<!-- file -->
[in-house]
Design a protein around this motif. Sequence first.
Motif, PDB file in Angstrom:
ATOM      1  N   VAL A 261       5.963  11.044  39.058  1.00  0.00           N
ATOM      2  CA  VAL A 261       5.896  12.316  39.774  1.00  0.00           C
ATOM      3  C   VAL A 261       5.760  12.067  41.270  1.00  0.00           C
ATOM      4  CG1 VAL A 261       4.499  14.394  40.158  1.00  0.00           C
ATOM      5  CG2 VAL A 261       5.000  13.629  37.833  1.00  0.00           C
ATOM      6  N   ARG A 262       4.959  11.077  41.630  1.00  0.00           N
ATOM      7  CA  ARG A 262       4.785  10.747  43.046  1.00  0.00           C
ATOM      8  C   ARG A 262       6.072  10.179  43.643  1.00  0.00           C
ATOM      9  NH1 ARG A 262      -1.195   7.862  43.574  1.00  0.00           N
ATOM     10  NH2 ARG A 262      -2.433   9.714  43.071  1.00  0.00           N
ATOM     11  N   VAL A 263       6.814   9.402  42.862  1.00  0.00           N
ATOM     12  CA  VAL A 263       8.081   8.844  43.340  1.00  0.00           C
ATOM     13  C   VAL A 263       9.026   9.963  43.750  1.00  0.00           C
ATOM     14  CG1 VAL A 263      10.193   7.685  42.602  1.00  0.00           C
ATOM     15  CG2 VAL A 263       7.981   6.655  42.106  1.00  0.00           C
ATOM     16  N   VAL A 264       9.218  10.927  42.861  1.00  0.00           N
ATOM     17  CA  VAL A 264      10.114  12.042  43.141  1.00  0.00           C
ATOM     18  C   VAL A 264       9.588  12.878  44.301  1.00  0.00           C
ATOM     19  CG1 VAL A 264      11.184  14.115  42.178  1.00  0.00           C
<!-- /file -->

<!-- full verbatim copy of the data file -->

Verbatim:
[in-house]
Design a protein around this motif. Sequence first.
Motif, PDB file in Angstrom:
ATOM      1  N   VAL A 261       5.963  11.044  39.058  1.00  0.00           N
ATOM      2  CA  VAL A 261       5.896  12.316  39.774  1.00  0.00           C
ATOM      3  C   VAL A 261       5.760  12.067  41.270  1.00  0.00           C
ATOM      4  CG1 VAL A 261       4.499  14.394  40.158  1.00  0.00           C
ATOM      5  CG2 VAL A 261       5.000  13.629  37.833  1.00  0.00           C
ATOM      6  N   ARG A 262       4.959  11.077  41.630  1.00  0.00           N
ATOM      7  CA  ARG A 262       4.785  10.747  43.046  1.00  0.00           C
ATOM      8  C   ARG A 262       6.072  10.179  43.643  1.00  0.00           C
ATOM      9  NH1 ARG A 262      -1.195   7.862  43.574  1.00  0.00           N
ATOM     10  NH2 ARG A 262      -2.433   9.714  43.071  1.00  0.00           N
ATOM     11  N   VAL A 263       6.814   9.402  42.862  1.00  0.00           N
ATOM     12  CA  VAL A 263       8.081   8.844  43.340  1.00  0.00           C
ATOM     13  C   VAL A 263       9.026   9.963  43.750  1.00  0.00           C
ATOM     14  CG1 VAL A 263      10.193   7.685  42.602  1.00  0.00           C
ATOM     15  CG2 VAL A 263       7.981   6.655  42.106  1.00  0.00           C
ATOM     16  N   VAL A 264       9.218  10.927  42.861  1.00  0.00           N
ATOM     17  CA  VAL A 264      10.114  12.042  43.141  1.00  0.00           C
ATOM     18  C   VAL A 264       9.588  12.878  44.301  1.00  0.00           C
ATOM     19  CG1 VAL A 264      11.184  14.115  42.178  1.00  0.00           C